Incorrect




                                                                                                         Total un-
                                     standard



                                                 3rd party
                                     payment




                                                                                                                     payment




                                                                                                                                   payment
           income
Tenant




           earned




                                                                                                                                   under-
                         utility




                                                                                                                                   Total
                                                                                           rent
                                                 Not
01            X            X            X            X            X              X             X                      $3,269
02            X            X                         X            X              X             X                       $24          $48
03            X            X            X                         X              X             X                      $2,331
04            X            X            X            X                           X             X                      $1,494
05            X            X            X            X            X              X             X         $5,860       $1,192
06            X            X            X            X                           X             X                      $2,688       $240
07                         X            X                         X                            X                       $95
08            X            X            X                         X              X             X                       $84         $1,496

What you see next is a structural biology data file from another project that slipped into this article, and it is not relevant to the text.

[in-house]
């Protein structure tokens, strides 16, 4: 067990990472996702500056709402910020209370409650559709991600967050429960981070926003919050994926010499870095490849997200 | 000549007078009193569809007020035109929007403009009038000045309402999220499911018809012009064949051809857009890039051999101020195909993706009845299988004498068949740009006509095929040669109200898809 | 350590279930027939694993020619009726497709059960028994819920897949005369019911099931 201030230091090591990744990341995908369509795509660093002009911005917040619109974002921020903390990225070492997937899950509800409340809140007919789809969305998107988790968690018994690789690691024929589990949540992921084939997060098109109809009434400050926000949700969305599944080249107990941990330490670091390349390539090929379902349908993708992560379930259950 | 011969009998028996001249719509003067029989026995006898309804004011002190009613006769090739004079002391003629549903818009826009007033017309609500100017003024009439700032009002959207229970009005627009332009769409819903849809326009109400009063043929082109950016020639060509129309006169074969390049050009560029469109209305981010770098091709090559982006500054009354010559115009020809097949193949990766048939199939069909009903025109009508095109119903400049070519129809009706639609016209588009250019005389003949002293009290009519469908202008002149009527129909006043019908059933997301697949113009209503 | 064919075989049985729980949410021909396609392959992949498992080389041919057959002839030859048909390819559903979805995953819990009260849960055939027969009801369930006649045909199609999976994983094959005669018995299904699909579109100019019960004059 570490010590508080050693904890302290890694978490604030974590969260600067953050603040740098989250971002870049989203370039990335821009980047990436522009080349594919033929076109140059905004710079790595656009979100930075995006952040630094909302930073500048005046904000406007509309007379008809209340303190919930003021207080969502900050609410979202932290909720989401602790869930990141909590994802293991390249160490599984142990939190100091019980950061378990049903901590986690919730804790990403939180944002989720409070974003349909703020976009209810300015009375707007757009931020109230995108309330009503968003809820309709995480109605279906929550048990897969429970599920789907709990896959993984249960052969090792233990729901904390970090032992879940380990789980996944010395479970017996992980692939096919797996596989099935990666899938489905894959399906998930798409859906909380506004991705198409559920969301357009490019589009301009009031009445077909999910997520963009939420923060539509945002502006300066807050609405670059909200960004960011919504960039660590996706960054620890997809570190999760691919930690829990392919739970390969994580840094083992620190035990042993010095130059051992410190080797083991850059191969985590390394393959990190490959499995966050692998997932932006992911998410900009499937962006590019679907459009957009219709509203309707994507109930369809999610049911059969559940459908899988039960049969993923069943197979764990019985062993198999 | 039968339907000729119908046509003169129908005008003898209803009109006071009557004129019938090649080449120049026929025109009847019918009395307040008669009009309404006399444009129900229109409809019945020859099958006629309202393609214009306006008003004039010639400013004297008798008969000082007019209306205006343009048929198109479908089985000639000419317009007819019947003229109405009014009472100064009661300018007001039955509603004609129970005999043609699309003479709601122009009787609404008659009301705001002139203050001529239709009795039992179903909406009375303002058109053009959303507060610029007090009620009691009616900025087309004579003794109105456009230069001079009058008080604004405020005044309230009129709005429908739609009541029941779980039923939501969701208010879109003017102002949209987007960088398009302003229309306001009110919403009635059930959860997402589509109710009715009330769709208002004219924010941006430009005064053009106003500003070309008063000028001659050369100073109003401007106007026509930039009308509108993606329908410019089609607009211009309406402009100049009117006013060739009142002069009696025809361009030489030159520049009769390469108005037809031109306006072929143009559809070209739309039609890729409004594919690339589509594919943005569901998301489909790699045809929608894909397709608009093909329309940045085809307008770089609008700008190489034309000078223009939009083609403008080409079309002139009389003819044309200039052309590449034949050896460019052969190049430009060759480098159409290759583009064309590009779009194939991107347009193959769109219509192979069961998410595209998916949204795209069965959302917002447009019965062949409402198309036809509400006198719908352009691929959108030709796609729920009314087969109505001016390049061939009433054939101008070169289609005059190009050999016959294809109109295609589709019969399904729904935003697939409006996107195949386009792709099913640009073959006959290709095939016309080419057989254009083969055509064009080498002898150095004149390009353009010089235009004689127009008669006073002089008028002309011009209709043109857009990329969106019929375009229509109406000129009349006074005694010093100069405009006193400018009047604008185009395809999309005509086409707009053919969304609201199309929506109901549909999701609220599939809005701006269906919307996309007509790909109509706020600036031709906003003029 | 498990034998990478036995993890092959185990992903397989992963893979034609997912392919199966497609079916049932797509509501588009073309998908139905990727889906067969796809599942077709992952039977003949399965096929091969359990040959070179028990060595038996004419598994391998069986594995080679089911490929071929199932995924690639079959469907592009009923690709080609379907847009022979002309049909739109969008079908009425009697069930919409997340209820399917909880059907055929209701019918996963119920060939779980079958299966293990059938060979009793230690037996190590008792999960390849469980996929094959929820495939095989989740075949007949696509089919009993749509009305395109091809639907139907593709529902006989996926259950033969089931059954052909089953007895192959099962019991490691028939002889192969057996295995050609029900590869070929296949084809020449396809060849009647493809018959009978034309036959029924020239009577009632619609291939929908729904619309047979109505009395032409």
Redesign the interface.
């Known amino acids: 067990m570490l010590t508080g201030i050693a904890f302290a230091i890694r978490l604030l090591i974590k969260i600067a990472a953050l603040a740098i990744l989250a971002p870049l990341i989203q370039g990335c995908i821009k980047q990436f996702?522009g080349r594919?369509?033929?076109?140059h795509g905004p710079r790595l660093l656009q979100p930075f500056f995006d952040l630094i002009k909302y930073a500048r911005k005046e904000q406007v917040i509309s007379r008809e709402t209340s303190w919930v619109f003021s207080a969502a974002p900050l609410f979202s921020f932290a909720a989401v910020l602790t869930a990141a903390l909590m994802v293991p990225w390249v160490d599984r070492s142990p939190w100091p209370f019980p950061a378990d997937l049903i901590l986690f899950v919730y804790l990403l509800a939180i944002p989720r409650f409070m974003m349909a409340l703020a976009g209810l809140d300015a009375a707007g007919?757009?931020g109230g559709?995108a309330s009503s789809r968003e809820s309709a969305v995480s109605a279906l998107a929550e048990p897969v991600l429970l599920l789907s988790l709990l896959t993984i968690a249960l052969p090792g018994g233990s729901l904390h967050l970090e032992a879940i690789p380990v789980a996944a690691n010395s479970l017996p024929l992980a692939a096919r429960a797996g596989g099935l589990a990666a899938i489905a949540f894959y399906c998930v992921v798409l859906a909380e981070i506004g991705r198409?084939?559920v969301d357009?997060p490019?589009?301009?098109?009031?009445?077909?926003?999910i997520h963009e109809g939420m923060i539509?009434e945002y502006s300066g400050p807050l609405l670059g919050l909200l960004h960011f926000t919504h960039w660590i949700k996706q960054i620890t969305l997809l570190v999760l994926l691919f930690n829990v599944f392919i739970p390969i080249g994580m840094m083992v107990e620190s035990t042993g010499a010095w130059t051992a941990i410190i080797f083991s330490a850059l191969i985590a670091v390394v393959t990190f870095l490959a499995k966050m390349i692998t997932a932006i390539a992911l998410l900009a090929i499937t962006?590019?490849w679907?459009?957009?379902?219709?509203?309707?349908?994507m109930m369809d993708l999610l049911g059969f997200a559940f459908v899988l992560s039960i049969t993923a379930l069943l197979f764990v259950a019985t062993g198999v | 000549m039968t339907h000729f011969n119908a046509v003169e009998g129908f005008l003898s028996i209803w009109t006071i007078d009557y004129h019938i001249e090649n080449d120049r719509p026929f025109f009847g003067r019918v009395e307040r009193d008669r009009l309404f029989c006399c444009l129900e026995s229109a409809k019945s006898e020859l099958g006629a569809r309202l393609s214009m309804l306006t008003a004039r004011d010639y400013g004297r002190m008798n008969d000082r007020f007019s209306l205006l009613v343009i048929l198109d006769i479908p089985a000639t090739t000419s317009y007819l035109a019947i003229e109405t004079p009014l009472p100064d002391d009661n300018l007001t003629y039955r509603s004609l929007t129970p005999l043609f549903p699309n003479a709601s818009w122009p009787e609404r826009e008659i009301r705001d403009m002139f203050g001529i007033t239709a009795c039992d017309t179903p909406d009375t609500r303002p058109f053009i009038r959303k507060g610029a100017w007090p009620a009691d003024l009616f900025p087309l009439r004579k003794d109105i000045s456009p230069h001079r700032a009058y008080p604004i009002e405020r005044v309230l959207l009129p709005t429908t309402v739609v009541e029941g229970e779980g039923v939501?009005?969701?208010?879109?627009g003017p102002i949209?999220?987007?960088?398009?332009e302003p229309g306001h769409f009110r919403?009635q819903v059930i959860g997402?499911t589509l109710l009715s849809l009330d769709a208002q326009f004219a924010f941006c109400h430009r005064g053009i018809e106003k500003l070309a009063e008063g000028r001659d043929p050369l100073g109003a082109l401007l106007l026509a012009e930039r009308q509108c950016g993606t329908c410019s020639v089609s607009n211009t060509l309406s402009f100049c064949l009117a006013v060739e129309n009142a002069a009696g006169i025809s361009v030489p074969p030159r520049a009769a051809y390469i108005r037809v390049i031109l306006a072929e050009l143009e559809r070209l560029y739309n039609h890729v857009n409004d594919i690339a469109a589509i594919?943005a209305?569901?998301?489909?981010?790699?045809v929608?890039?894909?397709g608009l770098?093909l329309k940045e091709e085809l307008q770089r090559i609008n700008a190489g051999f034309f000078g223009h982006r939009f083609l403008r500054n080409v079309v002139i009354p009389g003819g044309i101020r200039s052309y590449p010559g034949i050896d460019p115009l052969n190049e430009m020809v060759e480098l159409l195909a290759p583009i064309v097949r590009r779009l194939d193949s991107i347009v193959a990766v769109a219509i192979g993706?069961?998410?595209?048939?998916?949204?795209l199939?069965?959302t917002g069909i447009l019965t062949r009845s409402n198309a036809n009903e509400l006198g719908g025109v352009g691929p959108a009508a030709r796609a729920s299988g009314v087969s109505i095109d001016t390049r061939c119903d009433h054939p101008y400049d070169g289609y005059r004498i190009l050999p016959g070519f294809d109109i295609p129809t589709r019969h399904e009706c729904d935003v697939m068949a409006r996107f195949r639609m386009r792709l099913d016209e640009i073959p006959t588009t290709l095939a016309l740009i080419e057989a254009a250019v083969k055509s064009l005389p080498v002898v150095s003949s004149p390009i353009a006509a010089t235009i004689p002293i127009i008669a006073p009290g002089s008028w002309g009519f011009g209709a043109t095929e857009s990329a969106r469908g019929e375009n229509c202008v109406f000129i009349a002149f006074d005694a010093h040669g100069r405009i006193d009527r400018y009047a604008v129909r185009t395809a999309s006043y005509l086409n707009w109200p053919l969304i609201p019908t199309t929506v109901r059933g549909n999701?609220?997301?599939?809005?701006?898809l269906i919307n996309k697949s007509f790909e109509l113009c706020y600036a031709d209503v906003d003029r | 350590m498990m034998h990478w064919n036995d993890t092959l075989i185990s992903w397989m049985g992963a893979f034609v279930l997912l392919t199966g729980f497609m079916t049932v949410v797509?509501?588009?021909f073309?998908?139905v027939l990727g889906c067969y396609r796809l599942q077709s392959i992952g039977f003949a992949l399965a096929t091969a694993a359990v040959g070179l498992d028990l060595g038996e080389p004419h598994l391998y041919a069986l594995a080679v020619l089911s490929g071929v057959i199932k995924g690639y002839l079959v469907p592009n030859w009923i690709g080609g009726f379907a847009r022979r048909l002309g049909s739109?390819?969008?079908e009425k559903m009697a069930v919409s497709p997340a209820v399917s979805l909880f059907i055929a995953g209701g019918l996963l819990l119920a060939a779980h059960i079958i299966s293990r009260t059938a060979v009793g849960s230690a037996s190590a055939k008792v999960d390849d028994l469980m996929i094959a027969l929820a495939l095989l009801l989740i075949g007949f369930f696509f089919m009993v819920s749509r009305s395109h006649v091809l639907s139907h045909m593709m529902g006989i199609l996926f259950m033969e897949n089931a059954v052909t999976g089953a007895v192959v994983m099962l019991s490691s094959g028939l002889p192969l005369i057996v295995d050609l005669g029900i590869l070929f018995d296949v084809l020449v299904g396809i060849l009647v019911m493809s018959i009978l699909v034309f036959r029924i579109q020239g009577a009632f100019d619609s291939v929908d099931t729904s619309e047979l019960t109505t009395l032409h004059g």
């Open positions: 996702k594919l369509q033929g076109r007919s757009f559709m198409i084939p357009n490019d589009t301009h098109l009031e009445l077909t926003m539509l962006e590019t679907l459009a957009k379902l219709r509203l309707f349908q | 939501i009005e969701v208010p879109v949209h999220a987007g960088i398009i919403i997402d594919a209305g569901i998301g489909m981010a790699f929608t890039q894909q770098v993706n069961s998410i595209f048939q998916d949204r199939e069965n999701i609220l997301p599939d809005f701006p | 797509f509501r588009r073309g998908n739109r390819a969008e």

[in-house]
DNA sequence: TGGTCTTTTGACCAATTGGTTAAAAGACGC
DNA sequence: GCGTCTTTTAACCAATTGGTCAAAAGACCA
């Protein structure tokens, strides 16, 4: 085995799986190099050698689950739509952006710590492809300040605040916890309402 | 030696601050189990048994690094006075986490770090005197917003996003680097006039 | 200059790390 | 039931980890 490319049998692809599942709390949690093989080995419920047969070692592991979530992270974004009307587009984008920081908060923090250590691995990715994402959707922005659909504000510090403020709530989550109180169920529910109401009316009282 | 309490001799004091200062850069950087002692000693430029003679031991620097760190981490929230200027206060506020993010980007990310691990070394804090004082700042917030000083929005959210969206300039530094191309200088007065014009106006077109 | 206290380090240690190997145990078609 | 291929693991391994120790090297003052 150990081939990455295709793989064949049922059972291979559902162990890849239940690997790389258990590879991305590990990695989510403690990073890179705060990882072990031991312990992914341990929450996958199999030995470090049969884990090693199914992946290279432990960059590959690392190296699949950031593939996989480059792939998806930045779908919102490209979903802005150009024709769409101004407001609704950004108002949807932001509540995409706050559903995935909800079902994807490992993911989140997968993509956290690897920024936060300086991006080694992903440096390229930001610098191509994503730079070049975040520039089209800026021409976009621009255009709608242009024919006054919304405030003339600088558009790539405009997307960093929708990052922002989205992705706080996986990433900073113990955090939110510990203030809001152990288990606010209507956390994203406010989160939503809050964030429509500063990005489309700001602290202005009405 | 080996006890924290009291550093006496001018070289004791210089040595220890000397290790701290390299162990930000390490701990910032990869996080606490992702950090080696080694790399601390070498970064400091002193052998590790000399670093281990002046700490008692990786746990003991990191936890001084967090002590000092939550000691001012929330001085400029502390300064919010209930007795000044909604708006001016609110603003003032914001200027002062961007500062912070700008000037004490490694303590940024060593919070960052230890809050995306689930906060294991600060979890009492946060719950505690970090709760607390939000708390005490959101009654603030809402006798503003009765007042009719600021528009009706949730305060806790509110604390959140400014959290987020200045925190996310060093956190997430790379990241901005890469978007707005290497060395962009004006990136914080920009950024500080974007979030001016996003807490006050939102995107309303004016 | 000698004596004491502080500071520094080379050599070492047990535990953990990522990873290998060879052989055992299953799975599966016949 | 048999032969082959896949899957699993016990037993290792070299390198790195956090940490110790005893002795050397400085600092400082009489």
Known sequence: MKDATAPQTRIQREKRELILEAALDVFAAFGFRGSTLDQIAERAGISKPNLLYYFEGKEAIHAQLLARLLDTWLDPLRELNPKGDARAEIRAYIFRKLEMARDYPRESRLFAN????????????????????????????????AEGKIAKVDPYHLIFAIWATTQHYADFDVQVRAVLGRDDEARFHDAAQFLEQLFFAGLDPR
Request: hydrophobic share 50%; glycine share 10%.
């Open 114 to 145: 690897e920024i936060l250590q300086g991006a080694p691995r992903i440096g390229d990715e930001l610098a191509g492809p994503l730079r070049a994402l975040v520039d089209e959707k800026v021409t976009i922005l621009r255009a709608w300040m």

09                         X                                      X                                                    $132         $378
10                                      X                         X              X             X                       $74          $246
11            X           X                                       X                            X                       $231         $15
12                        X3           X3                                                      X                       $168
13                                                                X                            X                       $12
14            X                         X                         X                            X                       $876        $192
15                         X            X                         X                            X                                   $30
16            X                                                   X              X             X                      $2,160
17            X                                                   X              X             X                      $1,402
18            X            X                         X            X                            X                      $5,072
19            X            X                         X                                         X                      $1,572
20            X                                                                  X             X                      $3,434
21                                      X                         X                            X                       $59          $4
22                                      X                                        X             X                       $146        $189
23            X                                                   X                            X                       $729